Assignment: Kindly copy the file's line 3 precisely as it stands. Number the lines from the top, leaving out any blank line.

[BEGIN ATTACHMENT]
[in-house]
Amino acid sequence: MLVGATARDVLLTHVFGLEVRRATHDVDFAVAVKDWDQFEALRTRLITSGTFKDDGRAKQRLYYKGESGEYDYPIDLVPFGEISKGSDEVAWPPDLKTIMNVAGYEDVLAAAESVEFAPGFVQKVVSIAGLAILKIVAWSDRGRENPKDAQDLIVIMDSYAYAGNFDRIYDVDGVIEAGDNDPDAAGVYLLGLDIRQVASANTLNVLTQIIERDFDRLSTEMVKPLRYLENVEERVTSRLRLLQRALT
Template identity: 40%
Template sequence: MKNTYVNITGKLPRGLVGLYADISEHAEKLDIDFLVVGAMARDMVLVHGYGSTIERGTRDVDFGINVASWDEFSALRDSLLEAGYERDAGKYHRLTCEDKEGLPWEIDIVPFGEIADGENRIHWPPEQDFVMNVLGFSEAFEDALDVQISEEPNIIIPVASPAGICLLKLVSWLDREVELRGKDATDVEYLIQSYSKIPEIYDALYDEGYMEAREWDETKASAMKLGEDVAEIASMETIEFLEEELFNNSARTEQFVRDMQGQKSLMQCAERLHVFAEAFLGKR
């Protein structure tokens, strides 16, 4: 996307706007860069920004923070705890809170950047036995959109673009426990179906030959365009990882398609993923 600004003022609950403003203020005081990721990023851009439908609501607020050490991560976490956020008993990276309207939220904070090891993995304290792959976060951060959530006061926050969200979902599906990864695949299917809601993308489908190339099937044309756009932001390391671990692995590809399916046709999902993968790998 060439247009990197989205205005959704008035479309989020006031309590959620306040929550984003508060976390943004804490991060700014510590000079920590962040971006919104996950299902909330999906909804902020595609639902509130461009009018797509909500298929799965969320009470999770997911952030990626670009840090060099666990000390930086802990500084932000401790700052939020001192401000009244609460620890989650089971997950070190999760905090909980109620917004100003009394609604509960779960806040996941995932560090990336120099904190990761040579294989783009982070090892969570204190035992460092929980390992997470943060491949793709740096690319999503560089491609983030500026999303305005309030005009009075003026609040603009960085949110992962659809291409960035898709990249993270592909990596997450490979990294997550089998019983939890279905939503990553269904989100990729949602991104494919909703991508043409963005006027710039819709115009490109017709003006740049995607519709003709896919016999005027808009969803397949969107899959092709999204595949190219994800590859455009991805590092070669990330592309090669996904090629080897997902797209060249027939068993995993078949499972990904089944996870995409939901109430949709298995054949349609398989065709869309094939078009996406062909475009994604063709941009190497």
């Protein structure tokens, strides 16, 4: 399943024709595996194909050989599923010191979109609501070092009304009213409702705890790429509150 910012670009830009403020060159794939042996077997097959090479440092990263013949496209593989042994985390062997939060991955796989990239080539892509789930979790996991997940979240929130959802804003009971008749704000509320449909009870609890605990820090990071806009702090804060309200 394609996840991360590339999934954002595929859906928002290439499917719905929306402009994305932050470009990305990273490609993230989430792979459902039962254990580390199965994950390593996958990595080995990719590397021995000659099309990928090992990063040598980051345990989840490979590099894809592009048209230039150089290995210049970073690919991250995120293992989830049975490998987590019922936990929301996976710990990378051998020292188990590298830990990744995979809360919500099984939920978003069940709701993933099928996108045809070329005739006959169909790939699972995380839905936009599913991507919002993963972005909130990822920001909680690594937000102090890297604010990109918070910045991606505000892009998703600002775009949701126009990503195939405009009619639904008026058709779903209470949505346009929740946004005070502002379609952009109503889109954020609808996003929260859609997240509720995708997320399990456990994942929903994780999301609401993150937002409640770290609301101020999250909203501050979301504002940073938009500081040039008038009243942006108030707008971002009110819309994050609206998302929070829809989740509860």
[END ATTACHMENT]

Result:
Template identity: 40%